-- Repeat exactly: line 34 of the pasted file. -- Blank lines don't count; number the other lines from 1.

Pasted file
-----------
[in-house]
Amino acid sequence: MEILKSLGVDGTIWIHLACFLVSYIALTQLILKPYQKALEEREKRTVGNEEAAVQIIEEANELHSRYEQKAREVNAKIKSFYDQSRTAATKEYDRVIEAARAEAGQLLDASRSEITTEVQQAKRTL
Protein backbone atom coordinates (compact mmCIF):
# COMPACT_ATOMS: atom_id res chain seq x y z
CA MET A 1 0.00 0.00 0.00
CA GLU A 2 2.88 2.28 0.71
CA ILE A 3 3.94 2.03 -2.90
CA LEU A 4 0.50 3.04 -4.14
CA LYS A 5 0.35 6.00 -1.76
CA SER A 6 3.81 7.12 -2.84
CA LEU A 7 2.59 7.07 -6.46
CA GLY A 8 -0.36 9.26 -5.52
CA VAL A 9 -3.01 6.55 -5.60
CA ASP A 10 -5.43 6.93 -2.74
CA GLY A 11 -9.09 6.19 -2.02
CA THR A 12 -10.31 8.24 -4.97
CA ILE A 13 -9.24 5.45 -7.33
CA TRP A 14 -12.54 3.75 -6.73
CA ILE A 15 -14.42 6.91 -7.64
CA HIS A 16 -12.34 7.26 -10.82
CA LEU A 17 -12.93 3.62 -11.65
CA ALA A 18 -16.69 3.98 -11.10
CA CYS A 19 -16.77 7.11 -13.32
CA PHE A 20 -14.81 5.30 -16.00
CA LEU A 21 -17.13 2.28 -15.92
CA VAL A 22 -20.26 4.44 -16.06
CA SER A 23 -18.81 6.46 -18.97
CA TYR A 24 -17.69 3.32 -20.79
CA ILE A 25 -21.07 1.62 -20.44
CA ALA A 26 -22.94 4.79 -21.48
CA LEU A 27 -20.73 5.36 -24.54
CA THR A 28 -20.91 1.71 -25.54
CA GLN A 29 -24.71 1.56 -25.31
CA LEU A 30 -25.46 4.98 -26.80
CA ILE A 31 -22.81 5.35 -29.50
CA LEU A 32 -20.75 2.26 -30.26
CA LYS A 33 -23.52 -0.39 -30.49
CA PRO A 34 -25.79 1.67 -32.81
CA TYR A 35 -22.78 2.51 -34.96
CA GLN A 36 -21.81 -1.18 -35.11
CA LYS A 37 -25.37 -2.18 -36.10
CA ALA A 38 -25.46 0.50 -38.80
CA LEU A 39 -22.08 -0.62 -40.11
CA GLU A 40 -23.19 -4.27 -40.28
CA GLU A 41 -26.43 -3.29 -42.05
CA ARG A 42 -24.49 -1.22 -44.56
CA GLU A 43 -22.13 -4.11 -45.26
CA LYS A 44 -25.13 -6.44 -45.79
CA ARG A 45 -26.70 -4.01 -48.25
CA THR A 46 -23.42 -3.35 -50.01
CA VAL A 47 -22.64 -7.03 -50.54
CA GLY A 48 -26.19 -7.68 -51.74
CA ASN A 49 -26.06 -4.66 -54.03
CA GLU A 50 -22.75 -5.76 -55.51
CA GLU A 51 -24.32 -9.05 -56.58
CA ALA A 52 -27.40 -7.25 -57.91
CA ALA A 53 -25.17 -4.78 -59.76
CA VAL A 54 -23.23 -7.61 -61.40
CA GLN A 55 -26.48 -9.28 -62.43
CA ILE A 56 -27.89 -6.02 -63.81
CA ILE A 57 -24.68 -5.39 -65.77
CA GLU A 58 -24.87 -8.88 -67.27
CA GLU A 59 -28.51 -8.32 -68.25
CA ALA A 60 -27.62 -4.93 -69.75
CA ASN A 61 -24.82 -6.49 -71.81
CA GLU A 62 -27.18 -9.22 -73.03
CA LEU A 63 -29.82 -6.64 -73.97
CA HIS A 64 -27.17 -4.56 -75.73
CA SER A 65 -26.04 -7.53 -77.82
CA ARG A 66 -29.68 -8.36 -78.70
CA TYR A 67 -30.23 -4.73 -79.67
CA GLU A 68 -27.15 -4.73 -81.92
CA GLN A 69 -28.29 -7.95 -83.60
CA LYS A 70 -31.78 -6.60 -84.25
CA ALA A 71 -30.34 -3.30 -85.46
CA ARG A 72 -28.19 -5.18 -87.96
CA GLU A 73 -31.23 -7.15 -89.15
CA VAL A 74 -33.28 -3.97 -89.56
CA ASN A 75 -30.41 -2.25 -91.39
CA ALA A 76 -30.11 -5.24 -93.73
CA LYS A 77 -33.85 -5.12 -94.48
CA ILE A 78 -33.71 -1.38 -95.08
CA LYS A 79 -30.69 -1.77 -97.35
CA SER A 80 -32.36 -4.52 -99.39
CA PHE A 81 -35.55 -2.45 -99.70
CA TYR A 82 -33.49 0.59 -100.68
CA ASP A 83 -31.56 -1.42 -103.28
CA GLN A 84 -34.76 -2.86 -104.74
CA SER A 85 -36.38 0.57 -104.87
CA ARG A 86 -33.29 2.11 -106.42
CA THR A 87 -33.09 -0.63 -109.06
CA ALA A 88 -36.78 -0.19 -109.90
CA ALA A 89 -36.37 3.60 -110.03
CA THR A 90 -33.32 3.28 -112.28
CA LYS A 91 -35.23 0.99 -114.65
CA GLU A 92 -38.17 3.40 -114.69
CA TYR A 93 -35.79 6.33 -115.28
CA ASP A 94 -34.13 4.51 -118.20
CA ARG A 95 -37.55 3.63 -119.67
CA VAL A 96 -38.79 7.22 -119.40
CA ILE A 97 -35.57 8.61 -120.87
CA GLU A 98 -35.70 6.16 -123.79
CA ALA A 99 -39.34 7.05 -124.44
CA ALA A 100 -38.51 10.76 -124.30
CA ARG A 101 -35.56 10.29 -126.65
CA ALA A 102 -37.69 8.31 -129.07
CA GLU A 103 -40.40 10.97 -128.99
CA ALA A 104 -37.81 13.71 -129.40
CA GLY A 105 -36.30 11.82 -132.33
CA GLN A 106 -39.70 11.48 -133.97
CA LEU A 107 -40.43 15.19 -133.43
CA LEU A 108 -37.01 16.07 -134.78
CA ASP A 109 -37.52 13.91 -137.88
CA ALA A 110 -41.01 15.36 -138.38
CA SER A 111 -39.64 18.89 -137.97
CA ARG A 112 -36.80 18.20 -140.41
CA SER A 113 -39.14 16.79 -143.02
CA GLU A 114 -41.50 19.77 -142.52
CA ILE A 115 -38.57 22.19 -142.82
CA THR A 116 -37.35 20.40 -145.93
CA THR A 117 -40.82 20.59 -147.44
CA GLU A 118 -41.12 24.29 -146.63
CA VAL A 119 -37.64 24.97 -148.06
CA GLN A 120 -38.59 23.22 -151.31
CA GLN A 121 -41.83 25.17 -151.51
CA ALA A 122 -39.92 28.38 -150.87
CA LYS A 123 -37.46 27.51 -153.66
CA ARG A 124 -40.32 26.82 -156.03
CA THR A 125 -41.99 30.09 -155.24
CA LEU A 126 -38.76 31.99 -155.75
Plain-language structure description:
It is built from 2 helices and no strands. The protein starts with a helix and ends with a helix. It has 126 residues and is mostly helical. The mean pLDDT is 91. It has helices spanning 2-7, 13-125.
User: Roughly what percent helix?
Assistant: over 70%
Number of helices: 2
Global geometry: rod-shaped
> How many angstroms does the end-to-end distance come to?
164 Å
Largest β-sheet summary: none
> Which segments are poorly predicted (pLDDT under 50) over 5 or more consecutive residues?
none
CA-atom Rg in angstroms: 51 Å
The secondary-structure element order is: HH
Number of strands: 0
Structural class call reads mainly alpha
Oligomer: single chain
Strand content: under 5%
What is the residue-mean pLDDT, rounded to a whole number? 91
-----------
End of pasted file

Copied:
CA LEU A 30 -25.46 4.98 -26.80